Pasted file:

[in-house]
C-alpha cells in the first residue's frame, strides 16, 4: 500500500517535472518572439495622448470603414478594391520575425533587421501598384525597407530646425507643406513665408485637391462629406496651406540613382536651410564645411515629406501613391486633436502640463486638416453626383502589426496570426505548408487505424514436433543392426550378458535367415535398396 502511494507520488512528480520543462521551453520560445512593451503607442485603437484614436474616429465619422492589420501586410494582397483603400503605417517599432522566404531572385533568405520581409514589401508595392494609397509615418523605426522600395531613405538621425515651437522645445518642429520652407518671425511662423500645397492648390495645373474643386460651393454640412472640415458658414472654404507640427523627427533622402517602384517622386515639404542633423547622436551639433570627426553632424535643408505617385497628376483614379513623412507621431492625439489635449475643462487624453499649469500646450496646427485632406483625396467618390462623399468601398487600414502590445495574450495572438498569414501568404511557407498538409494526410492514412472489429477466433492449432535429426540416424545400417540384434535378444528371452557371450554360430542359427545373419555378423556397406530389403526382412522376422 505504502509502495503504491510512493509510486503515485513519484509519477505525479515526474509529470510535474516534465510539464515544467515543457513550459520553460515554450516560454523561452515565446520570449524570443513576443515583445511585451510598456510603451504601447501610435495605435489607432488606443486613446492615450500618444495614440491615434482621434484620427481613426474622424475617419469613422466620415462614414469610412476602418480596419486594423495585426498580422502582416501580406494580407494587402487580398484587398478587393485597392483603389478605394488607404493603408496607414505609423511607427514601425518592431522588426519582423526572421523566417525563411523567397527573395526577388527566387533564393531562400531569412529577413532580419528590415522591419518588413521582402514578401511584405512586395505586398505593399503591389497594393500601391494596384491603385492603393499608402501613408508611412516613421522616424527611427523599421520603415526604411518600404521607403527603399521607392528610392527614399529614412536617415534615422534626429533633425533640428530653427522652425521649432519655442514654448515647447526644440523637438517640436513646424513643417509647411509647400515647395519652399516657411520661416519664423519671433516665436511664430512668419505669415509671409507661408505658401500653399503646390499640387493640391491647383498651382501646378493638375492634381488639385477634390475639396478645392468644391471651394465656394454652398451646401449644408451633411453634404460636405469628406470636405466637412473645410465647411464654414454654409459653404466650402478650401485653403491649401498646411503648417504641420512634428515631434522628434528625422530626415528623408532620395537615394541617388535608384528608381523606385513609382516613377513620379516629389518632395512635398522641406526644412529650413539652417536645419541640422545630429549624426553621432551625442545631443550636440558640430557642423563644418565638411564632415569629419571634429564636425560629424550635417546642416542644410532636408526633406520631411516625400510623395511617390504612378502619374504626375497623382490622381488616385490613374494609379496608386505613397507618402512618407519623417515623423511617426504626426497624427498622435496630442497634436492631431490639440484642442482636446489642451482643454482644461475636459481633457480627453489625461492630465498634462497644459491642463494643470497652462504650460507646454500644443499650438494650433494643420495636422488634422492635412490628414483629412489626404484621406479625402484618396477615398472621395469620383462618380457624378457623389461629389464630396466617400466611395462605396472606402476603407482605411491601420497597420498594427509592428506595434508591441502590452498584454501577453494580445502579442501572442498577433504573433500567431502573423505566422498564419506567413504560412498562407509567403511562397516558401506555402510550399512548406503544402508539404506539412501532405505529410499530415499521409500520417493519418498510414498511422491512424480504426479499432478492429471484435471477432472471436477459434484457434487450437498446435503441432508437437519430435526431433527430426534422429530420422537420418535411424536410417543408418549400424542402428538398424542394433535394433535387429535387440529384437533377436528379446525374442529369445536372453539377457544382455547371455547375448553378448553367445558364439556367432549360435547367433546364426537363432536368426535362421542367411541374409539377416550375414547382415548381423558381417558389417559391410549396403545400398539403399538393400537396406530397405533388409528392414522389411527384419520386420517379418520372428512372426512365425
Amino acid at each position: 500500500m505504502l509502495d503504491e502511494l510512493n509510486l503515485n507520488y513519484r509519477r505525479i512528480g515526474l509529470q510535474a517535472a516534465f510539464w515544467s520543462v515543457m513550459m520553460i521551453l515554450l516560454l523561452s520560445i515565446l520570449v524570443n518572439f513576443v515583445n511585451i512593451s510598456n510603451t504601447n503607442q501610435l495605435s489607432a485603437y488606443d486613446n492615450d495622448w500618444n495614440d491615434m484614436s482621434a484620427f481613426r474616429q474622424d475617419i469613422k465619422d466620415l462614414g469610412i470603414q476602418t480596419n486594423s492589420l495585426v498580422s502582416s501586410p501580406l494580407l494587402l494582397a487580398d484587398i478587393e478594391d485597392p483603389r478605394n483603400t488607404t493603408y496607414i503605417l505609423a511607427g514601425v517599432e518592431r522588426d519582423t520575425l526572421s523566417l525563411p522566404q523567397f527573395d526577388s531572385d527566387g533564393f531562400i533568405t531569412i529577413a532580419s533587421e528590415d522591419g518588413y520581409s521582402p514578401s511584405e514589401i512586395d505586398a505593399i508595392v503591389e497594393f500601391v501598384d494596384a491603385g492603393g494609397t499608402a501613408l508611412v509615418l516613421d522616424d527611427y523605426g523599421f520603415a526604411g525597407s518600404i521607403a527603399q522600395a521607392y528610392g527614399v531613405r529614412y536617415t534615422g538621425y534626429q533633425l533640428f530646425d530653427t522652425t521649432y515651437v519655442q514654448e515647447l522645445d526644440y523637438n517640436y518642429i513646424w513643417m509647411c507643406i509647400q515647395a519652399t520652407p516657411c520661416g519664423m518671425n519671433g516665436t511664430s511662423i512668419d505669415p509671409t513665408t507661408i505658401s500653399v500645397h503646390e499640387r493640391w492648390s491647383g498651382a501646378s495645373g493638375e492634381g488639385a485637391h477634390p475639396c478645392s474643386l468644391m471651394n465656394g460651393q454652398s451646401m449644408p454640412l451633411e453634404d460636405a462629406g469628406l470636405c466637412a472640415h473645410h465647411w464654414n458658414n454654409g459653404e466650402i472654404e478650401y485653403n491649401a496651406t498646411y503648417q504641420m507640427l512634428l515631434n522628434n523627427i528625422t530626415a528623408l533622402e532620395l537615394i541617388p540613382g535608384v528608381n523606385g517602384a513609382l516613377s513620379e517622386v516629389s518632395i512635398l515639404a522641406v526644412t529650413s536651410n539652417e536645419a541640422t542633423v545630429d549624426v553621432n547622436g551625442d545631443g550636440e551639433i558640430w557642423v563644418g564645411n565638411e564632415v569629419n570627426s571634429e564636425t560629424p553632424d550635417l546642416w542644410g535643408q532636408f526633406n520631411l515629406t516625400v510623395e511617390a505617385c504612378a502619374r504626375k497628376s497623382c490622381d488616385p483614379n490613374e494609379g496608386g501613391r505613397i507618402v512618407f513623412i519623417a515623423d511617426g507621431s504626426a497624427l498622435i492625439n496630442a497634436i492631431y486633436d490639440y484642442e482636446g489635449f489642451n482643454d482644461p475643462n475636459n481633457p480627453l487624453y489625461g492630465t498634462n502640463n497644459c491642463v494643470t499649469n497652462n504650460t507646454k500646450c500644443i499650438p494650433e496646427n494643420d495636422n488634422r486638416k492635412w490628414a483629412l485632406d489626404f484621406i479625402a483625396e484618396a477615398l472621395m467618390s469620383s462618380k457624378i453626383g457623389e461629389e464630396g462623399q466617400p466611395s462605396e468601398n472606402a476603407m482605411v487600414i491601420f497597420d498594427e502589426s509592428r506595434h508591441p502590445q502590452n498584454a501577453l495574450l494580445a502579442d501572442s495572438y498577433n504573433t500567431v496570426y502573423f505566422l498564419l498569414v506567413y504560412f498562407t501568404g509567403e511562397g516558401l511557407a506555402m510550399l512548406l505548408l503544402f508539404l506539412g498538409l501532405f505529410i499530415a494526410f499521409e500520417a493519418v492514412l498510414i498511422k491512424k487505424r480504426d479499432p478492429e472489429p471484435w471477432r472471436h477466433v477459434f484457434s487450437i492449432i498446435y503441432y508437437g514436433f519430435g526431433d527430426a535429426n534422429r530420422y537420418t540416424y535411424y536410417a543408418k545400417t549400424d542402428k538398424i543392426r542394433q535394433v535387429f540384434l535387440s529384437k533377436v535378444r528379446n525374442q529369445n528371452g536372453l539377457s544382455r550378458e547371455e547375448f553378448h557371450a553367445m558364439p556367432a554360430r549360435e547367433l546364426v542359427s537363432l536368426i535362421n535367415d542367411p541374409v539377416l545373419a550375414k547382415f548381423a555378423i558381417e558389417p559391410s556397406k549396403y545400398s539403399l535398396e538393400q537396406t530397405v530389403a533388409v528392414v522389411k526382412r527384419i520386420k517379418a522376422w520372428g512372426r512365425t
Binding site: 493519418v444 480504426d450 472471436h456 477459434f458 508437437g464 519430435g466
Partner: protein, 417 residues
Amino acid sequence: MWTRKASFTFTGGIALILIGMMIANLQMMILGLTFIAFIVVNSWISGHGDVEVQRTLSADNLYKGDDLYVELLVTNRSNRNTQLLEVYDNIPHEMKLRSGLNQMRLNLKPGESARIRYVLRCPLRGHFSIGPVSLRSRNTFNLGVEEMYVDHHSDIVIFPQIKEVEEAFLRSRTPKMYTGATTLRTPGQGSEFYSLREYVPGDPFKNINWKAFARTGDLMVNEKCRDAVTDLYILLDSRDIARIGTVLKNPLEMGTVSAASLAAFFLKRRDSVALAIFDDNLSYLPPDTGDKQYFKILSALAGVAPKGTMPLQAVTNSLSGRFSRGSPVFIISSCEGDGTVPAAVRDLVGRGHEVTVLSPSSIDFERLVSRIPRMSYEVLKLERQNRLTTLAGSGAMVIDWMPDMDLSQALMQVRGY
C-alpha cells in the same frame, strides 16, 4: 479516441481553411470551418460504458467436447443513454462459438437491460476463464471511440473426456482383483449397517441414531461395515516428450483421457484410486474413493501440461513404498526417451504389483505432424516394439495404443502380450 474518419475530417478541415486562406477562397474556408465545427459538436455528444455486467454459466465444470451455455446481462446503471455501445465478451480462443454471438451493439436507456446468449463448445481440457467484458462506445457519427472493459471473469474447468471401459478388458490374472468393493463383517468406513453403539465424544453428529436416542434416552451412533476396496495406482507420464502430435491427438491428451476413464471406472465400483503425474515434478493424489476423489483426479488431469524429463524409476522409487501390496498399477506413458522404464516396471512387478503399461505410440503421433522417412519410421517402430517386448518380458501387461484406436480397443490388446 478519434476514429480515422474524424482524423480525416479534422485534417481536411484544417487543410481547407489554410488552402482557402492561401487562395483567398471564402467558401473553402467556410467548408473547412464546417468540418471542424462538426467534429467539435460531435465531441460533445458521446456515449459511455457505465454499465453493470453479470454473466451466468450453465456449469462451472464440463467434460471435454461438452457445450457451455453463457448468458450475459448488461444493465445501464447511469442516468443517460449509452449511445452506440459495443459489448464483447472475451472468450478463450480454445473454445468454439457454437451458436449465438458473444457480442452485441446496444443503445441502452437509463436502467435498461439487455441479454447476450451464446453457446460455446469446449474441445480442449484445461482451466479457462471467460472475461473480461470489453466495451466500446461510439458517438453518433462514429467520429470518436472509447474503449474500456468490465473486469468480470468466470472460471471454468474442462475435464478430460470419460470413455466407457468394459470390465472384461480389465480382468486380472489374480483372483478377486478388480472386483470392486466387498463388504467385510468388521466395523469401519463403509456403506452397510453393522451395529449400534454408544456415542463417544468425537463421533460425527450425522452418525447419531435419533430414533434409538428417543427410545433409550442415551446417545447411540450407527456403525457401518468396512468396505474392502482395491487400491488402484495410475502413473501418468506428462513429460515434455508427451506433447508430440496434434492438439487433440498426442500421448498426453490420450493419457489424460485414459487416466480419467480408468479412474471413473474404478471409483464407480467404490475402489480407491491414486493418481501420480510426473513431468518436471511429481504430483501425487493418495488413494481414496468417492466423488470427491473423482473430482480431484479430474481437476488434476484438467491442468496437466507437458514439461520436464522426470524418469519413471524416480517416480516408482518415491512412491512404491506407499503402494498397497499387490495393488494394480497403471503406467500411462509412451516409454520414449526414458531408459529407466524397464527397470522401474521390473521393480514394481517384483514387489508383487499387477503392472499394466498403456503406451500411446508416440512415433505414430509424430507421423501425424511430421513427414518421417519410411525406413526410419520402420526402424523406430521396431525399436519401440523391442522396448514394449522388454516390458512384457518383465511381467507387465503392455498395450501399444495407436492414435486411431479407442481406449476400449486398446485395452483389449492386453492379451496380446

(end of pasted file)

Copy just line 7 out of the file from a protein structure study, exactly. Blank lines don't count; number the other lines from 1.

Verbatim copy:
C-alpha cells in the same frame, strides 16, 4: 479516441481553411470551418460504458467436447443513454462459438437491460476463464471511440473426456482383483449397517441414531461395515516428450483421457484410486474413493501440461513404498526417451504389483505432424516394439495404443502380450 474518419475530417478541415486562406477562397474556408465545427459538436455528444455486467454459466465444470451455455446481462446503471455501445465478451480462443454471438451493439436507456446468449463448445481440457467484458462506445457519427472493459471473469474447468471401459478388458490374472468393493463383517468406513453403539465424544453428529436416542434416552451412533476396496495406482507420464502430435491427438491428451476413464471406472465400483503425474515434478493424489476423489483426479488431469524429463524409476522409487501390496498399477506413458522404464516396471512387478503399461505410440503421433522417412519410421517402430517386448518380458501387461484406436480397443490388446 478519434476514429480515422474524424482524423480525416479534422485534417481536411484544417487543410481547407489554410488552402482557402492561401487562395483567398471564402467558401473553402467556410467548408473547412464546417468540418471542424462538426467534429467539435460531435465531441460533445458521446456515449459511455457505465454499465453493470453479470454473466451466468450453465456449469462451472464440463467434460471435454461438452457445450457451455453463457448468458450475459448488461444493465445501464447511469442516468443517460449509452449511445452506440459495443459489448464483447472475451472468450478463450480454445473454445468454439457454437451458436449465438458473444457480442452485441446496444443503445441502452437509463436502467435498461439487455441479454447476450451464446453457446460455446469446449474441445480442449484445461482451466479457462471467460472475461473480461470489453466495451466500446461510439458517438453518433462514429467520429470518436472509447474503449474500456468490465473486469468480470468466470472460471471454468474442462475435464478430460470419460470413455466407457468394459470390465472384461480389465480382468486380472489374480483372483478377486478388480472386483470392486466387498463388504467385510468388521466395523469401519463403509456403506452397510453393522451395529449400534454408544456415542463417544468425537463421533460425527450425522452418525447419531435419533430414533434409538428417543427410545433409550442415551446417545447411540450407527456403525457401518468396512468396505474392502482395491487400491488402484495410475502413473501418468506428462513429460515434455508427451506433447508430440496434434492438439487433440498426442500421448498426453490420450493419457489424460485414459487416466480419467480408468479412474471413473474404478471409483464407480467404490475402489480407491491414486493418481501420480510426473513431468518436471511429481504430483501425487493418495488413494481414496468417492466423488470427491473423482473430482480431484479430474481437476488434476484438467491442468496437466507437458514439461520436464522426470524418469519413471524416480517416480516408482518415491512412491512404491506407499503402494498397497499387490495393488494394480497403471503406467500411462509412451516409454520414449526414458531408459529407466524397464527397470522401474521390473521393480514394481517384483514387489508383487499387477503392472499394466498403456503406451500411446508416440512415433505414430509424430507421423501425424511430421513427414518421417519410411525406413526410419520402420526402424523406430521396431525399436519401440523391442522396448514394449522388454516390458512384457518383465511381467507387465503392455498395450501399444495407436492414435486411431479407442481406449476400449486398446485395452483389449492386453492379451496380446